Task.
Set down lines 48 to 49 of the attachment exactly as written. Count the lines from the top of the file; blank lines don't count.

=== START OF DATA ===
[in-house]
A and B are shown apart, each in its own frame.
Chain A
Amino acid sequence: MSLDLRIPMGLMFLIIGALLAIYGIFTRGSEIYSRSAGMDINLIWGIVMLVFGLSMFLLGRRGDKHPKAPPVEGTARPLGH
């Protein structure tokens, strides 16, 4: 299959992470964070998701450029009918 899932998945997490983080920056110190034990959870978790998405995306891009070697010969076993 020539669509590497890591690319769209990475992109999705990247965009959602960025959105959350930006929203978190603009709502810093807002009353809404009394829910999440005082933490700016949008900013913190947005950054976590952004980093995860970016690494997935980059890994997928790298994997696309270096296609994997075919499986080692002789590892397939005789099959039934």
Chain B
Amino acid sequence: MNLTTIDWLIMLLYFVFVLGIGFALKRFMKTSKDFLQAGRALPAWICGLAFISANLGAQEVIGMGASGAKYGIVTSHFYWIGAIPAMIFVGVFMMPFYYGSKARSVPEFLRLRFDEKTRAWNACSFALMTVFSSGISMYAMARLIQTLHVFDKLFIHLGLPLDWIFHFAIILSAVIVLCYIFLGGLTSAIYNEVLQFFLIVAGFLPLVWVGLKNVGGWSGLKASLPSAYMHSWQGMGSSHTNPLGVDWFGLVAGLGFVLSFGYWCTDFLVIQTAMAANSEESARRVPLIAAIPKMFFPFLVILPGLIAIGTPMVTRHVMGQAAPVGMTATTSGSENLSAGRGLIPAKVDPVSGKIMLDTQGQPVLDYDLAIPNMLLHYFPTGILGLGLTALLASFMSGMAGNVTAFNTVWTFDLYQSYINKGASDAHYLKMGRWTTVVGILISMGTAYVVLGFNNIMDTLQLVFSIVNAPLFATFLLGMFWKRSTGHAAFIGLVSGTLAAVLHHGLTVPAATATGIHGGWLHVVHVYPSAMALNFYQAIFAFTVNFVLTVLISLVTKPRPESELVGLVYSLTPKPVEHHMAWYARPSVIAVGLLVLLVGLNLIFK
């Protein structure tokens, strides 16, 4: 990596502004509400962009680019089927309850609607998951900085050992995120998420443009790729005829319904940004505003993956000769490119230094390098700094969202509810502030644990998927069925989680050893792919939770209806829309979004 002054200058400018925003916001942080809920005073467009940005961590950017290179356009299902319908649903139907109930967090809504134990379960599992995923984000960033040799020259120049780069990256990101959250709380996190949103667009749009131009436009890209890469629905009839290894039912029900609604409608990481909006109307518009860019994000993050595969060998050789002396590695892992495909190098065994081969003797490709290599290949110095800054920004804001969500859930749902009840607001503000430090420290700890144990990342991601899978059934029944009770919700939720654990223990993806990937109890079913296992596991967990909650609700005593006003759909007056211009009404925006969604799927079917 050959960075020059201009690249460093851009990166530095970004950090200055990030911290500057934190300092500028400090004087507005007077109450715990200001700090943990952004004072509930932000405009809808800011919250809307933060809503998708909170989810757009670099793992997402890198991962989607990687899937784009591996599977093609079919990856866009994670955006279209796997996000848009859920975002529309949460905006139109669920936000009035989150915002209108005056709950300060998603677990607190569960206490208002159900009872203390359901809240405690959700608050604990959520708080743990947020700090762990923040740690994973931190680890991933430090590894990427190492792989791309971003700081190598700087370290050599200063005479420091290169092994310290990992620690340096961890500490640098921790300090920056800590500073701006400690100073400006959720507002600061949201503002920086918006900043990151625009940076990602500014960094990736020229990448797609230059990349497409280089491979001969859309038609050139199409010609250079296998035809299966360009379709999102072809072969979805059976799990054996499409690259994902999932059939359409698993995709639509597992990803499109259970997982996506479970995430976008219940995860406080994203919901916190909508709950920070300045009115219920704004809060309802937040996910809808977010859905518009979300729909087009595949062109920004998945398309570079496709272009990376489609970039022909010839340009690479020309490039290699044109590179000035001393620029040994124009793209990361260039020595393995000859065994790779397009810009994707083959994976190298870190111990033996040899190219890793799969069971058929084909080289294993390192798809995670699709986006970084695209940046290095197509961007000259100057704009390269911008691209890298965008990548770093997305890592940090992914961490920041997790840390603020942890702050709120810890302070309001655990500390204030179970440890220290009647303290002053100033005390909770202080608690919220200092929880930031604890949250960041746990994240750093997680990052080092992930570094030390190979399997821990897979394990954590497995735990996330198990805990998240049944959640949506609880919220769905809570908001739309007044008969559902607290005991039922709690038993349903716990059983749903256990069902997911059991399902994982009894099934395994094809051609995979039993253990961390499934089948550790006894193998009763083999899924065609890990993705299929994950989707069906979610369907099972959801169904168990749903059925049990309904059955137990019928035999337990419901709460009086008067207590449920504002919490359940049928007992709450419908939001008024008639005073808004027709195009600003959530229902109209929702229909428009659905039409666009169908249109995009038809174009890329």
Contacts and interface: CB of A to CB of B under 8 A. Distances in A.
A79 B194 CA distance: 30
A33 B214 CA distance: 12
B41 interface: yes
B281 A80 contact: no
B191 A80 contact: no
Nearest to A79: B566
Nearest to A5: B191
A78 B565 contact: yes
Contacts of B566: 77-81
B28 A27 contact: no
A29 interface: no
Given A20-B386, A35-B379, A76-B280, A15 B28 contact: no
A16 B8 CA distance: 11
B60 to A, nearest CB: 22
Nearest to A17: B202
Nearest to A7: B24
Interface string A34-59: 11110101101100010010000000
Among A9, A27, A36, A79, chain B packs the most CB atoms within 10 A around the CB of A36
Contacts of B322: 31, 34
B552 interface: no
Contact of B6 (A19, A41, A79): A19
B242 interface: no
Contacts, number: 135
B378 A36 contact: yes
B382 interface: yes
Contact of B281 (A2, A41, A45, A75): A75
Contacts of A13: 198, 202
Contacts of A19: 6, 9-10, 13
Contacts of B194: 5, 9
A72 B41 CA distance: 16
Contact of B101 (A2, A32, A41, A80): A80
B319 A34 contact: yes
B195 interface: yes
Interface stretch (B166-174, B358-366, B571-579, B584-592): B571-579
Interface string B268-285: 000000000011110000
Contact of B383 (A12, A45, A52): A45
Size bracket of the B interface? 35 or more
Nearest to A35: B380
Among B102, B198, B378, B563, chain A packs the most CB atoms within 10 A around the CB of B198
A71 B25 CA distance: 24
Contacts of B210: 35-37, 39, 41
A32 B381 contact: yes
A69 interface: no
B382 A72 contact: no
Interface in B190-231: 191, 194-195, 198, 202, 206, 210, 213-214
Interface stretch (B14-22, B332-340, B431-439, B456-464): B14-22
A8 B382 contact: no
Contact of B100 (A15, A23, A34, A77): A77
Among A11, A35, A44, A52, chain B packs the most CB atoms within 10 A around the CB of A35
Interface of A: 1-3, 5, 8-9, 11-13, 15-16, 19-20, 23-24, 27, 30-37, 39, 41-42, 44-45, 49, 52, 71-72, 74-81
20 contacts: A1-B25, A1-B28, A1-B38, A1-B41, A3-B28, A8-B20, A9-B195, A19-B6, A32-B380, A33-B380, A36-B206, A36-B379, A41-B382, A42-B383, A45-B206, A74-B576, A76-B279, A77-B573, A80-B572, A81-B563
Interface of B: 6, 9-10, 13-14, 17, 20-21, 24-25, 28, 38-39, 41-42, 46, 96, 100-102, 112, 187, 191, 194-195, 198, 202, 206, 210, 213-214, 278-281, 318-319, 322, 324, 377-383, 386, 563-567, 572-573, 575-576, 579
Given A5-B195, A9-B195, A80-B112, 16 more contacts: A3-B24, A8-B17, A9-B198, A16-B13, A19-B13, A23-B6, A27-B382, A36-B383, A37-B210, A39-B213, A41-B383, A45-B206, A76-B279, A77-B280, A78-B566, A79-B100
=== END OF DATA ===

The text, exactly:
Among B102, B198, B378, B563, chain A packs the most CB atoms within 10 A around the CB of B198
A71 B25 CA distance: 24